"'A crow flew by, and I mistook it for Bilodeau...
"'But then I still mistake nobility and betrayal, courage and cowardice.
"'Of all these hallucinations, only the timeless witnesses remained — water, earth, fire, and air. They became the raw materials of my story.'"
Matthews claims, "It is that idea of the elements being the pure essence of this story that led to our unique production approach."
Heather Willcox says, "The play is set in an arena format. Covering the primary playing space is hardwood mulch. Suspended above the space are large tree limbs that jut into the space at varying angles and levels. Hanging from these limbs are glass jars that contain candles."
She adds, "The show is lit entirely by candlelight. There are glass jars hanging throughout the space that contain candles, as well as a large candle chandelier that is hung in the center of the space. Candles are also spread throughout the space on the ground (contained in glass jars, candlesticks, and votives).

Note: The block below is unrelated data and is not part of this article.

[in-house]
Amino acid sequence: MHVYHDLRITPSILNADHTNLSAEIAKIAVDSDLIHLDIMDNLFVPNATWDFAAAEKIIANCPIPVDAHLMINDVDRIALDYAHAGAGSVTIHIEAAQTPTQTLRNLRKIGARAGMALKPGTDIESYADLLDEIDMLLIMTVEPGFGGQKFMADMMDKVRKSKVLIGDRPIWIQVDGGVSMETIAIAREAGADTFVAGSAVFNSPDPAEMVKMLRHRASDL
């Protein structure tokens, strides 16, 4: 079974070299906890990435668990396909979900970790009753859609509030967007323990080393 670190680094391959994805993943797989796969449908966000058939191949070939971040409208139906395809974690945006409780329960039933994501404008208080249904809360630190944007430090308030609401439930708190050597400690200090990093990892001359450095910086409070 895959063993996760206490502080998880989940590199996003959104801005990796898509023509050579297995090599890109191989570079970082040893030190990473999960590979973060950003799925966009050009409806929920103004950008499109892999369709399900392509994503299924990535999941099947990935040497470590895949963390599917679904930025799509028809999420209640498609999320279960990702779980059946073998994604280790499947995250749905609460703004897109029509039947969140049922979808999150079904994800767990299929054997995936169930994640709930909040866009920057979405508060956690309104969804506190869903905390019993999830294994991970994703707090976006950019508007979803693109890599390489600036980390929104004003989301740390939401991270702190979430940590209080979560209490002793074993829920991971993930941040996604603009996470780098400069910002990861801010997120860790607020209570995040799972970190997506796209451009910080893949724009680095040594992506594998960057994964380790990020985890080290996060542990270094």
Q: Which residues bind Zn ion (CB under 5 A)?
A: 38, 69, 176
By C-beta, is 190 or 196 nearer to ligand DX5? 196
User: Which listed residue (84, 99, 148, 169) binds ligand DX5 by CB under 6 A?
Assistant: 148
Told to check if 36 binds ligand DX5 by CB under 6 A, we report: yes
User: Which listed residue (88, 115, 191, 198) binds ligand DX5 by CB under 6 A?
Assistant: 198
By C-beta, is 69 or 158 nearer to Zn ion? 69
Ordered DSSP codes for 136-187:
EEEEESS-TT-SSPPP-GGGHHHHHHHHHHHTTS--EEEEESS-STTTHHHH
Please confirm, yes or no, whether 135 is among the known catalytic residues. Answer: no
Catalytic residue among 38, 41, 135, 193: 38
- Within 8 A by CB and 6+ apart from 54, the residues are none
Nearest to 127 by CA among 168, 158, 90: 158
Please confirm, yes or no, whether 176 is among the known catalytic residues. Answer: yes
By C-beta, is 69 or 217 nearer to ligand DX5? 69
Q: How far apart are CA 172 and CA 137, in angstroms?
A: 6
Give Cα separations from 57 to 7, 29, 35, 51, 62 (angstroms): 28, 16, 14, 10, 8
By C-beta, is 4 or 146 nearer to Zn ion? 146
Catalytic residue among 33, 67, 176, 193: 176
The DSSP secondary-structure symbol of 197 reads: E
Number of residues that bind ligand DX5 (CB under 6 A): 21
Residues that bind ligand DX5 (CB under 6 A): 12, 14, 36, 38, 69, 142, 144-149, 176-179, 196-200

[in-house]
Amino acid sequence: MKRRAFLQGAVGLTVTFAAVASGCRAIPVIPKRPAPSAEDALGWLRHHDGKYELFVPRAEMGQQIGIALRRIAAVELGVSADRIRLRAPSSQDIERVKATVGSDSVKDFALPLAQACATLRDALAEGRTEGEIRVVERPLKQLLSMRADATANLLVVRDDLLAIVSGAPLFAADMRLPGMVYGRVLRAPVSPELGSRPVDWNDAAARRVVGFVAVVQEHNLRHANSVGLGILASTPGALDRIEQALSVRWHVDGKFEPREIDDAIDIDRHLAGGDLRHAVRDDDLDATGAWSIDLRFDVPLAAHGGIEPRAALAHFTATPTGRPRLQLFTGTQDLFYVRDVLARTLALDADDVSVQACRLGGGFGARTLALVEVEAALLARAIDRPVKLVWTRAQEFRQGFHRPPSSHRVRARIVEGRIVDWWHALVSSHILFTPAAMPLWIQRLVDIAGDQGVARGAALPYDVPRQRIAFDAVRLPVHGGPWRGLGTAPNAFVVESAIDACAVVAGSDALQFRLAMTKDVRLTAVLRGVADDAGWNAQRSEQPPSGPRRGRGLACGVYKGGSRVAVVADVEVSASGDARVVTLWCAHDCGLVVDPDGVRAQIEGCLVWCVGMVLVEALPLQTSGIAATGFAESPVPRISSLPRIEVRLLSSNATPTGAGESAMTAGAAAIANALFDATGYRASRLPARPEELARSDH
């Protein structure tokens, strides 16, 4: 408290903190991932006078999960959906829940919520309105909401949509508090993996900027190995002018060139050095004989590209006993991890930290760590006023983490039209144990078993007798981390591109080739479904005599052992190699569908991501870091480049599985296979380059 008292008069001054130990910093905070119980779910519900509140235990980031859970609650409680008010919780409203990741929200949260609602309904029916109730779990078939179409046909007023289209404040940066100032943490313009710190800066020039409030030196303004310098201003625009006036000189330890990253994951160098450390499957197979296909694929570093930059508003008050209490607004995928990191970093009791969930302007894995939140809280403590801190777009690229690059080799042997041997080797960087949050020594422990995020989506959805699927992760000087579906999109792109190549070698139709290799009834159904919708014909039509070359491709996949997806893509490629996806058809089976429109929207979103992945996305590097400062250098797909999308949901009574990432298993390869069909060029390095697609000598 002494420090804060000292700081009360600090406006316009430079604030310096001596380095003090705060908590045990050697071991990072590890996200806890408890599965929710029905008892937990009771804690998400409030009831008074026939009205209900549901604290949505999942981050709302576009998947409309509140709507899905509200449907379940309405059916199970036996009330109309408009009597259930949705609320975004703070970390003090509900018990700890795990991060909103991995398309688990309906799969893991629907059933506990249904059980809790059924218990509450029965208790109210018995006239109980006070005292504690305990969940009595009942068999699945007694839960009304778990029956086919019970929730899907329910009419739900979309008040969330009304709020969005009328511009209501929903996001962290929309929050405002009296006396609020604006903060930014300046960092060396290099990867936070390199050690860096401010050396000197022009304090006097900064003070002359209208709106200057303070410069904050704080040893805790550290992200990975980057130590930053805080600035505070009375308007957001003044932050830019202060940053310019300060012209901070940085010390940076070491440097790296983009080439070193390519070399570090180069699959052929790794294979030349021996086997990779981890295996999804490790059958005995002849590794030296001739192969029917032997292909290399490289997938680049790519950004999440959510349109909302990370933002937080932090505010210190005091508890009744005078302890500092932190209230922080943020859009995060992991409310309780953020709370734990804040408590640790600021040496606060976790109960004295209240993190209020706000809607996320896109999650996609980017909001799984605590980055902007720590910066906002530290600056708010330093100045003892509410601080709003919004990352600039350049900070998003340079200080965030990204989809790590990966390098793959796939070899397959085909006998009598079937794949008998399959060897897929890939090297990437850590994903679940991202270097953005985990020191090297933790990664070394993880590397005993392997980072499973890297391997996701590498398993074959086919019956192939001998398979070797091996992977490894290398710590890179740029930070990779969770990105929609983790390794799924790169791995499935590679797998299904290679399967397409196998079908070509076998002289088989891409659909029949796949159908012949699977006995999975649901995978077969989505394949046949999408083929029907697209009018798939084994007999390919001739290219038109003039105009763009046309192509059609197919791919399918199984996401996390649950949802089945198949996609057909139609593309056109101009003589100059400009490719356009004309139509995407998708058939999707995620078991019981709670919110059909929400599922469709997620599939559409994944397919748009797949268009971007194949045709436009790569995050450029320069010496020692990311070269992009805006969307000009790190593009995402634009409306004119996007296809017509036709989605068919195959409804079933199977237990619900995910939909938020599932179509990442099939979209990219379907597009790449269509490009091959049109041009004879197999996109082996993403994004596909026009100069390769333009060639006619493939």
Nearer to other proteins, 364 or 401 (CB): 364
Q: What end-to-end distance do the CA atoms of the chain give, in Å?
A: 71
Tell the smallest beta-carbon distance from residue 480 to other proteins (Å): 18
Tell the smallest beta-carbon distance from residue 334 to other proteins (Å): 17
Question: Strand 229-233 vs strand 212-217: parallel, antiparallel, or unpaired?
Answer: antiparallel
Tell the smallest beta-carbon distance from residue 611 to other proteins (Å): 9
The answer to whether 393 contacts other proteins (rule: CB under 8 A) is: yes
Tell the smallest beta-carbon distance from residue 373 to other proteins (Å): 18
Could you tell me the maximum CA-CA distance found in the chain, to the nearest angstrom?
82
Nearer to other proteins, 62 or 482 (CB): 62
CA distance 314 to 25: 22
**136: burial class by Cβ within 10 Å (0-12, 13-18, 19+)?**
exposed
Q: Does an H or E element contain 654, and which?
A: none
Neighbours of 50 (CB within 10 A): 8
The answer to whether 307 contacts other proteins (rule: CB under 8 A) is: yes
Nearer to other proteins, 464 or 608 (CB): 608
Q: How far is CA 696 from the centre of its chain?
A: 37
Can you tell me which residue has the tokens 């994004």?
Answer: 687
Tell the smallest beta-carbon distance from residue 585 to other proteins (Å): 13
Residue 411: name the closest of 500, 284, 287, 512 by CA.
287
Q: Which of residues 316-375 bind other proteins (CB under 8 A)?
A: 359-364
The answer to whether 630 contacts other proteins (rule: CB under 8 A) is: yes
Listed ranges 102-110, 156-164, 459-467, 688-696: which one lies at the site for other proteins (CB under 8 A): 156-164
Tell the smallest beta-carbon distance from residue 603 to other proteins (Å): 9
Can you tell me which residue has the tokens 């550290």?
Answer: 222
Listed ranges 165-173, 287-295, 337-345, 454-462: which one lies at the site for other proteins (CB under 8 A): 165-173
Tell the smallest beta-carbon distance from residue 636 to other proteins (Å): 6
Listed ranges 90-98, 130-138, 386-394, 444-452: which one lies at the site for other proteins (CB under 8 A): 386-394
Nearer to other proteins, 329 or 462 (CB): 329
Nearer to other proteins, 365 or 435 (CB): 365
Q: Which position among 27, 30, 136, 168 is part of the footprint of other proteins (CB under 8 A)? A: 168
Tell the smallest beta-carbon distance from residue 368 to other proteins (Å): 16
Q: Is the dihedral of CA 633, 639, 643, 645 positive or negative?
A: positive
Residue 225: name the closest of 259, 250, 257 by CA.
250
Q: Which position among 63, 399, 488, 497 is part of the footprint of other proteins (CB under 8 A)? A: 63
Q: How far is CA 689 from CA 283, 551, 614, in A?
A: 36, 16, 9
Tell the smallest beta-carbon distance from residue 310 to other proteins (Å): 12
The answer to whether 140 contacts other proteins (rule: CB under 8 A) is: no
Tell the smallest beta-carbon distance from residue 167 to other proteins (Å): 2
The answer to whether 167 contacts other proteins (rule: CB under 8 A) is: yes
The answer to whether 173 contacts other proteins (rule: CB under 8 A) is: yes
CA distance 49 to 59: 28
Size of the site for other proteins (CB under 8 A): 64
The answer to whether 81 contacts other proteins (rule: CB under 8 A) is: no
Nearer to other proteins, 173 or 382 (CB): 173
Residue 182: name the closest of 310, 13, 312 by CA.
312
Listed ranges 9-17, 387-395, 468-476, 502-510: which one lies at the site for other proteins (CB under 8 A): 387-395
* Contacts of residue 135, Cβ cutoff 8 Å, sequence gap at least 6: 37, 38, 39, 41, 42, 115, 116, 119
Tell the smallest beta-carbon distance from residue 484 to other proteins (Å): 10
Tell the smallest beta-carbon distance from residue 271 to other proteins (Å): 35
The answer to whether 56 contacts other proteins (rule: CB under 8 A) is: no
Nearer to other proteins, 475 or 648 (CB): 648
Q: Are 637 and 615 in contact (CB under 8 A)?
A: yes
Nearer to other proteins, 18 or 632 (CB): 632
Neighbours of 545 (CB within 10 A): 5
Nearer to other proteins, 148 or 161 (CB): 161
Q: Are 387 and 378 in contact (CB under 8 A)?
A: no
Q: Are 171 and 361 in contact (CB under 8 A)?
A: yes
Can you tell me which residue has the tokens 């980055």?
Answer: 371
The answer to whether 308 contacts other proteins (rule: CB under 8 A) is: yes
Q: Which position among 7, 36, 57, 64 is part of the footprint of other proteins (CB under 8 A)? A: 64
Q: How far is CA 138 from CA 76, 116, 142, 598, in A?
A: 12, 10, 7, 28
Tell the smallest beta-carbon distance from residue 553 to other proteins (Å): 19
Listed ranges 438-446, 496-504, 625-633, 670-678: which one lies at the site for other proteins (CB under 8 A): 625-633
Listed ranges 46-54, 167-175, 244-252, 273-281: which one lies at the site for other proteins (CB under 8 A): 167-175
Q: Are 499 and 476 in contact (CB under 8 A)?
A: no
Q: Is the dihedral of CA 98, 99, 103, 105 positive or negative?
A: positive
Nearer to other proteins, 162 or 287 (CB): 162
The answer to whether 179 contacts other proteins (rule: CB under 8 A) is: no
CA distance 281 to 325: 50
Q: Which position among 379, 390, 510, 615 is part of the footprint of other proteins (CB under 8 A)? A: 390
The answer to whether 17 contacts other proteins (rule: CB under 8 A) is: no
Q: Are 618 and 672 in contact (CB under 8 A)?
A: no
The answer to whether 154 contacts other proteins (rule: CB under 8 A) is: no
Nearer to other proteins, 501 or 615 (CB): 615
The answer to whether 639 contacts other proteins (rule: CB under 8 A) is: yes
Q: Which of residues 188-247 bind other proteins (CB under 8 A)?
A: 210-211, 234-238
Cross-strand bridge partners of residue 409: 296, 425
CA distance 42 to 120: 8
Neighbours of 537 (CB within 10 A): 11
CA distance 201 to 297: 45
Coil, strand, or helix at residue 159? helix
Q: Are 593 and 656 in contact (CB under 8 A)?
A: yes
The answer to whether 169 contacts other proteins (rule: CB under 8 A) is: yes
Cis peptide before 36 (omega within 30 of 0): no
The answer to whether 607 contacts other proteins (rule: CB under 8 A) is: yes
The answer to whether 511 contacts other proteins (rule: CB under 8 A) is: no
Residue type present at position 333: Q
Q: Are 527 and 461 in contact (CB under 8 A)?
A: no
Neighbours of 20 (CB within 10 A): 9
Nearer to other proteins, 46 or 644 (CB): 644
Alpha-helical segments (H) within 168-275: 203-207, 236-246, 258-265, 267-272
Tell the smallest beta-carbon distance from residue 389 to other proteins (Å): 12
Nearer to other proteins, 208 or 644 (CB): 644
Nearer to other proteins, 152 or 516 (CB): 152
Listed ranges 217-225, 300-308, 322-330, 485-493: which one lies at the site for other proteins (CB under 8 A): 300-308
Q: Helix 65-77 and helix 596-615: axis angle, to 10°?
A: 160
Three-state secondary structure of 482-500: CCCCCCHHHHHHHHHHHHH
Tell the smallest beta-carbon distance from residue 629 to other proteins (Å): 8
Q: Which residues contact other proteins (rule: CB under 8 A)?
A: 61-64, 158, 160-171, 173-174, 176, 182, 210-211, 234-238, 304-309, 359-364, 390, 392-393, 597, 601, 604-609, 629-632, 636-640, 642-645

"Since these costumes were put together by prisoners with limited resources," Willcox says, "they have a more simplistic feel to them, but still remain true to the period. The palette consists primarily of soft earth tones. All the actors are barefoot.
"REP's production of Lilies, or The Revival of a Romantic Drama is intended for mature audiences," cautions Heather Willcox. "No one under 17 will be admitted without parent or guardian."
Raleigh Ensemble Players presents Lilies Thursday-Saturday, Feb. 13-15, at 8 p.m.; Wednesday-Saturday, Feb. 19-22 and 26-28, at 8 p.m.; and Sunday, Feb. 23, at 3 p.m. in Gallery II of Artspace, 201 E. Davie St., Raleigh, North Carolina. (There will be an audio-described and sign-language-interpreted performance on Feb. 21.) $15 ($10 students with ID and $12 seniors over 60, military and groups of 10 or more). Group rates are available. 919/832-9607 or email@example.com. http://www.realtheatre.org/pages/current2003.htm.